Bringing about change is tough because people tend to polarize around a position and feel they have to be right all the time. Rather than fighting it out, suggest everyone delay making a judgment until more questions have been asked and answered.
I find it fascinating that there were times when Jesus drew a line in the sand and told people they were either with him or against him. On those occasions he left no middle ground. But there were also situations where he clearly interacted with men over a period of time.
The Man Who Met Jesus at Night
My favorite example is Nicodemus. Their first and best known meeting occurred one night when the religious leader told Jesus, “No one could perform the miraculous signs you are doing if God were not with him” (John 3:2). Instead of dealing with the issue of his identify, Jesus told the Pharisee how he could know God. Jesus explained a man could only enter the kingdom of God if he was born again (notice Jesus gave an alternative to the Jewish list of cleansing rituals and other regulations).
Unlike the combative encounters Jesus had with other Pharisees, the one with Nicodemus was tame. There’s no indication Jesus asked Nicodemus to make a decision to follow him at that time. But he did give the Pharisee something to think about.
Later, when the Jews were spewing venomous words about Jesus, Nicodemus asked, “Does our law condemn anyone without first hearing him to find out what he is doing?” (John 7:51). Nicodemus was urging them to delay judgment, the very thing he seems to have been doing with Jesus.
After the crucifixion of Jesus it was Nicodemus who accompanied Joseph of Arimathea in the preparation of Jesus’ body for burial. Apparently, Nicodemus quit delaying a decision about Jesus and accepted him as the Jewish Messiah. He embraced the change Jesus offered.
Forego Judgment and Process Information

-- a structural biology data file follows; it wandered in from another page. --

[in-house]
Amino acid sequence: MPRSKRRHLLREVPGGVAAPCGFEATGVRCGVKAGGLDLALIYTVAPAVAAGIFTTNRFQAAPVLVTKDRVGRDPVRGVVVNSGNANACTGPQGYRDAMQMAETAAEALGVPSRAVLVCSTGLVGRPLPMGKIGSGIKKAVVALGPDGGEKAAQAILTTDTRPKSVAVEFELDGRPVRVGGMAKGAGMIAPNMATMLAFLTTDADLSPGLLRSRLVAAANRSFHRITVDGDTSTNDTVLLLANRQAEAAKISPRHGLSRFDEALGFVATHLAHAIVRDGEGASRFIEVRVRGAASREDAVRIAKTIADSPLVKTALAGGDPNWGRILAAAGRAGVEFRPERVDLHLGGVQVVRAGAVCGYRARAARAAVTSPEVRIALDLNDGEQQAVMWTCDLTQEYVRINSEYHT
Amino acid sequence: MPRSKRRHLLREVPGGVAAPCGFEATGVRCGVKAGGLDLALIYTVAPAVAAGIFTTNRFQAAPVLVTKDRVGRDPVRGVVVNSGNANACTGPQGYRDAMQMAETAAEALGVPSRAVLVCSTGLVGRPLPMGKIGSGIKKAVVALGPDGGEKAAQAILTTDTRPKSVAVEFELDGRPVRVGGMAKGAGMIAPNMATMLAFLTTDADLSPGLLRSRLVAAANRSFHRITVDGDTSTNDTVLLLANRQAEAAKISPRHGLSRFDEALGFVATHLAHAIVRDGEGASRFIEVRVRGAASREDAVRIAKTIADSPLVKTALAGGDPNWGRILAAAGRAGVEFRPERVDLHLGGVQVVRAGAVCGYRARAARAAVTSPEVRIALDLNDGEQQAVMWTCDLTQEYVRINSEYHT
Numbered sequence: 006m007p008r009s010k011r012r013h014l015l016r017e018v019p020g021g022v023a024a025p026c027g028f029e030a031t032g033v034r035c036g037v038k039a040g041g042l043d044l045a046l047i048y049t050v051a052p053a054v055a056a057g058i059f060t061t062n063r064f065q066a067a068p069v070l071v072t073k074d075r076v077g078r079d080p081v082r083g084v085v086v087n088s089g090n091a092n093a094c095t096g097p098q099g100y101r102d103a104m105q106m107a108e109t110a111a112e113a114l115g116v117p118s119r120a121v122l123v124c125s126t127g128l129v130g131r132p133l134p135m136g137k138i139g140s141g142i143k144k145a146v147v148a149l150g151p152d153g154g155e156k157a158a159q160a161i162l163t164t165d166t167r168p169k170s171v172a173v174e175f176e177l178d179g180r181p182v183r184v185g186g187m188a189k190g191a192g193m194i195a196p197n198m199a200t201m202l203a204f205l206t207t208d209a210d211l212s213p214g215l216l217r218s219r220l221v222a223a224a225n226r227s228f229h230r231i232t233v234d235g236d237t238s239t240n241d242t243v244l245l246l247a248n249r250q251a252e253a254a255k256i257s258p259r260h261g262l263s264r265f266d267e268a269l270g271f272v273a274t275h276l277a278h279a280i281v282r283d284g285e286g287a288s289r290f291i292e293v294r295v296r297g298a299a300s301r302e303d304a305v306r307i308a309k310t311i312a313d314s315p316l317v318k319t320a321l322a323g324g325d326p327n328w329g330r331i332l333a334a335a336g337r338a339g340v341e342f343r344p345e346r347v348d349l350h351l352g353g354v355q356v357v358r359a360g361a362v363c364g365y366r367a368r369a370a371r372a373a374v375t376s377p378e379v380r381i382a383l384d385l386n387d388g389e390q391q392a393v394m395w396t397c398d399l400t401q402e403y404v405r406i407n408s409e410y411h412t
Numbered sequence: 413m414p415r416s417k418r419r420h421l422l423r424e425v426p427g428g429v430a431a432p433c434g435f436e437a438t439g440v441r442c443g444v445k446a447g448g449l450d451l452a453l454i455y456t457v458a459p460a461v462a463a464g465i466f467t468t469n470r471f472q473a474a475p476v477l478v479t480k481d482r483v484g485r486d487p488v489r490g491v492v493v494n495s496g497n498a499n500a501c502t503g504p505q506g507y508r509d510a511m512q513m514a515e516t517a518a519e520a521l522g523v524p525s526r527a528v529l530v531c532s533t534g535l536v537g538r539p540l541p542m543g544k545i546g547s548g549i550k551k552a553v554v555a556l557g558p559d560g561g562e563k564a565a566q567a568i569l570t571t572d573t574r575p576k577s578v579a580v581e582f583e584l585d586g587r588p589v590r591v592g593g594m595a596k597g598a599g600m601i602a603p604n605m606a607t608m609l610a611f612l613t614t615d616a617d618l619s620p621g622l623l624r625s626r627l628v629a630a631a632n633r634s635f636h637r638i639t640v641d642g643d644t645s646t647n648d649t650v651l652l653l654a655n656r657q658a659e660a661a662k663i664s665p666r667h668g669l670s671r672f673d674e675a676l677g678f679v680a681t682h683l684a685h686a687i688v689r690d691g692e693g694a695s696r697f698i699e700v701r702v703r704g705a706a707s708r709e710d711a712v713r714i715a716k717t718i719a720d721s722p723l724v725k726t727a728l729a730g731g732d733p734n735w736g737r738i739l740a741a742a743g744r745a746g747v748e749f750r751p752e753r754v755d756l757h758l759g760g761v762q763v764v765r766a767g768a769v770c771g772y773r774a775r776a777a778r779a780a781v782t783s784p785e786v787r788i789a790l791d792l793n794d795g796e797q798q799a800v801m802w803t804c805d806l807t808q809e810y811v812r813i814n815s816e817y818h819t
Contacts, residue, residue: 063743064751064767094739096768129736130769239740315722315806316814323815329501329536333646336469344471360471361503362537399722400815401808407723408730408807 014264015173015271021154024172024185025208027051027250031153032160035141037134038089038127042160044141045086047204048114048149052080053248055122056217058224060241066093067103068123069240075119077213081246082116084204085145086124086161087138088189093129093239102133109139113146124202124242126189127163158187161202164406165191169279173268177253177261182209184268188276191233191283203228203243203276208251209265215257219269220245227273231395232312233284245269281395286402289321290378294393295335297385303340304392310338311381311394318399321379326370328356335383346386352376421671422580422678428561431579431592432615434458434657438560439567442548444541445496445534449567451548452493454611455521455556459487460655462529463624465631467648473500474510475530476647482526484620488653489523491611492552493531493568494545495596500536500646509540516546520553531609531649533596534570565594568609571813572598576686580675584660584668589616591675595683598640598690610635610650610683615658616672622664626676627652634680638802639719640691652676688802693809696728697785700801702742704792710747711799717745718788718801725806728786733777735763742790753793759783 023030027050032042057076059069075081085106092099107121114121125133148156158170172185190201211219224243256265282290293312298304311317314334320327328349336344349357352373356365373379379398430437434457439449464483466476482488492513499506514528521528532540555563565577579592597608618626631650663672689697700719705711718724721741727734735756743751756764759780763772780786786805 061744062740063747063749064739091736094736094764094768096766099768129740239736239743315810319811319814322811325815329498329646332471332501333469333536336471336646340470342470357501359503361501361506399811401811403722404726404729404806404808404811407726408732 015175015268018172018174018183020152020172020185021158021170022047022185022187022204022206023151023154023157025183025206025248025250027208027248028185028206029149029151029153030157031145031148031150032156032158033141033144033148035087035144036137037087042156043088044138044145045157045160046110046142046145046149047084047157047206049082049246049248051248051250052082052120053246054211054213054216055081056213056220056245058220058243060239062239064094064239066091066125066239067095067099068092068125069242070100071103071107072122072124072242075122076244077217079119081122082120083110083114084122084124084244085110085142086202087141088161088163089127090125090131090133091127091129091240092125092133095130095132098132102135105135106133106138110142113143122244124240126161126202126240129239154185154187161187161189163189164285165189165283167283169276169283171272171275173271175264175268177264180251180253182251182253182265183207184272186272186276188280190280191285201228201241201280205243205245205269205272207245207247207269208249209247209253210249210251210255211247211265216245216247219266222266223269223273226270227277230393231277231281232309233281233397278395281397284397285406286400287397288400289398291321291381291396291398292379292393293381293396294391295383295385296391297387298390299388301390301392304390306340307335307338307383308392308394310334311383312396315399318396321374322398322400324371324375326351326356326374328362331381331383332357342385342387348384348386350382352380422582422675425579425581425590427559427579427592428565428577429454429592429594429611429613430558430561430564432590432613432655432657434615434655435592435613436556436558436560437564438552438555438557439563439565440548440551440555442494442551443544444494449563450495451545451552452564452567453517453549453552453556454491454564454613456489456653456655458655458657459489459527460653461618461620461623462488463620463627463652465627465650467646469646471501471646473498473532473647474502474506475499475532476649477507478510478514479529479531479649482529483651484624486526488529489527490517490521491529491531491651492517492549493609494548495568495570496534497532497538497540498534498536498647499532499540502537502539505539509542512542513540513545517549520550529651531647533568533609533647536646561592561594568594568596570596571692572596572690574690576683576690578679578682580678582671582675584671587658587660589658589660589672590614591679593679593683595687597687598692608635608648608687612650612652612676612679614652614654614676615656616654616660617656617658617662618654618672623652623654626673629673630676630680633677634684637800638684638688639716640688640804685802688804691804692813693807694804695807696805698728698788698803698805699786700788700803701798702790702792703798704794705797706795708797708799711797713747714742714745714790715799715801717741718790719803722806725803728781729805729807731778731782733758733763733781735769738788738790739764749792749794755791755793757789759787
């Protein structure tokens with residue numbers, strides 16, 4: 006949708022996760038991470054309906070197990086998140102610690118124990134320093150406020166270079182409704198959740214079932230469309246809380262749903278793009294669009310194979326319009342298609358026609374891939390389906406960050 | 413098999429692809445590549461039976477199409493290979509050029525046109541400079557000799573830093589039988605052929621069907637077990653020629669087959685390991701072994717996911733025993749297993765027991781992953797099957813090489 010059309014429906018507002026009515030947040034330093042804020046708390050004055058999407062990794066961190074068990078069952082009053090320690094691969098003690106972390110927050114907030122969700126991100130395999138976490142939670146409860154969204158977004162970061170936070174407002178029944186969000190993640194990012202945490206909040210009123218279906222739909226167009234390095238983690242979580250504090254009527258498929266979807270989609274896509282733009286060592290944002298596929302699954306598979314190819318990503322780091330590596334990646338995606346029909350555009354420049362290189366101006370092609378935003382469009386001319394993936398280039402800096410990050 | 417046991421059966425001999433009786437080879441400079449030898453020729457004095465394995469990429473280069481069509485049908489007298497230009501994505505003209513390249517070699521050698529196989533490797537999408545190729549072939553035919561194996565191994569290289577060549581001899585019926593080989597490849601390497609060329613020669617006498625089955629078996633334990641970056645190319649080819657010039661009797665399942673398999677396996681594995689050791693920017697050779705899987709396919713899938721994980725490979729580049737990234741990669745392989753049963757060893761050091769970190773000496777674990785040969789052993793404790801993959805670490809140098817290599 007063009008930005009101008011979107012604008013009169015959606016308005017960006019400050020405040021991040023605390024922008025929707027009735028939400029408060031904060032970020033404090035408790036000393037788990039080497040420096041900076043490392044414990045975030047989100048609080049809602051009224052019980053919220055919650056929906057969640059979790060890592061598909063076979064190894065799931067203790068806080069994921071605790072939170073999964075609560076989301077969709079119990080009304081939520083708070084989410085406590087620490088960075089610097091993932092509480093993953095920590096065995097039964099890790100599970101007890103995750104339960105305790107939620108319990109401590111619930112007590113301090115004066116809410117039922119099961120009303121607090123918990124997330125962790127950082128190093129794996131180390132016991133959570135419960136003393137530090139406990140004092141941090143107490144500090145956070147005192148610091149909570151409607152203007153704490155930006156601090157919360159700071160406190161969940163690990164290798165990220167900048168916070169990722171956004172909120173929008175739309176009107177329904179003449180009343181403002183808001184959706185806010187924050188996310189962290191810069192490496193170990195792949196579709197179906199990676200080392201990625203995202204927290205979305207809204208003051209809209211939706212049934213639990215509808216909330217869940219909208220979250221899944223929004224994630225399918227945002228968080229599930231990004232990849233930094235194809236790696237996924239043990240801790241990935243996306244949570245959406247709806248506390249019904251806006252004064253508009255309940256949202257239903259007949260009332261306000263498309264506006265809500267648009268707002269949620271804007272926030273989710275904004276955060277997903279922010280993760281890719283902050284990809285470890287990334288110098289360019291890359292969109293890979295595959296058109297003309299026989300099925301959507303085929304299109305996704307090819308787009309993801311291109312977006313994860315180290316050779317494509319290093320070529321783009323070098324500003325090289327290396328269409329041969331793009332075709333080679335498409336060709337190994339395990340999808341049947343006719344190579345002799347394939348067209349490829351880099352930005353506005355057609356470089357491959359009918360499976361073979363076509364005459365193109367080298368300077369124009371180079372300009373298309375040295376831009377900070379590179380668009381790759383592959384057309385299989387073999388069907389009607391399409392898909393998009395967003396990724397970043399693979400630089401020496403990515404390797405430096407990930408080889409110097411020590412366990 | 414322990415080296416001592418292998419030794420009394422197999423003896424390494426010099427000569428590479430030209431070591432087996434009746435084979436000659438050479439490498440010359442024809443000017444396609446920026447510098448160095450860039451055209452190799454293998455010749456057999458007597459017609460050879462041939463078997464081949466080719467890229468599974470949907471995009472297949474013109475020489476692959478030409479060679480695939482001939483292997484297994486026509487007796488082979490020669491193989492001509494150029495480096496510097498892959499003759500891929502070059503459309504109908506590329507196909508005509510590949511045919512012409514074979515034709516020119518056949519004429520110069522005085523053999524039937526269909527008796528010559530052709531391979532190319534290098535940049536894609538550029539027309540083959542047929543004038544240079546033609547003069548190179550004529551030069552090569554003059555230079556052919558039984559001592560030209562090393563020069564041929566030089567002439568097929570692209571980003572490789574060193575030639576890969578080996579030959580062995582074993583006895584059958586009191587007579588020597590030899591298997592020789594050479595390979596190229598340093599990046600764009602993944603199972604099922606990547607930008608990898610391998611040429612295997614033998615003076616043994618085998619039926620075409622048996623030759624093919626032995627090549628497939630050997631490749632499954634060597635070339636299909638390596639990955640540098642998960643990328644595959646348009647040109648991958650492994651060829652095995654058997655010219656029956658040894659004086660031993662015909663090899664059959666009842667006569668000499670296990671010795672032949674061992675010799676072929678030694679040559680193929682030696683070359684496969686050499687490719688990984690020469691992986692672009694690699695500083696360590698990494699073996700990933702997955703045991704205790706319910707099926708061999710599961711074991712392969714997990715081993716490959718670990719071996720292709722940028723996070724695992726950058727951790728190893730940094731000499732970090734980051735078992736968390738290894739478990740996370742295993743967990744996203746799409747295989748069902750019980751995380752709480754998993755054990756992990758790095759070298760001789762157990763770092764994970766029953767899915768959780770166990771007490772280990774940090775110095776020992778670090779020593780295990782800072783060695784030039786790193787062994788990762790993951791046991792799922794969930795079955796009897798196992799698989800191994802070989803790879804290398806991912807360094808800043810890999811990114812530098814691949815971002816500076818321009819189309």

That delay was crucial because it allowed Nicodemus to further examine the words and works of Jesus. He was able to determine if his previous assumptions about how a man could be made right with God were valid. It’s fascinating that in the face of unsurpassed social and religious pressure, Nicodemus was open to the possibility that he might be wrong. Instead of backing him into a corner Jesus gave him room to process—time to consider a viable alternative to his previously held assumptions
Getting a hardline opponent to be open to the possibility of another legitimate alternative is a major step in the direction of change. Instead of using the gunslinger approach, simply ask him or her to suspend judgment. And indicate your willingness to suspend judgment yourself—after all, you may discover an approach superior to the one you prefer.
It’s important to remember the issue here is not implementing a particular change, but creating an environment where people are comfortable with change—a setting where people see the benefit in challenging assumptions and the way things are done. In that kind of environment change will be dynamic and life giving.
Miracles and Mystery
In the Grand Inquisitor section in The Brothers Karamazov, The Grand Inquisitor is mad at Christ, insisting he was just involved with miracles and mystery. Frankly, I’m convinced the people you lead want to see more miracles and mystery. Perhaps the greatest miracles they’ll behold will be the transformation in their thinking as they learn to question long held assumptions and open their minds to the mystery of change.
Photo by Nagaraju Hanchanahal, CC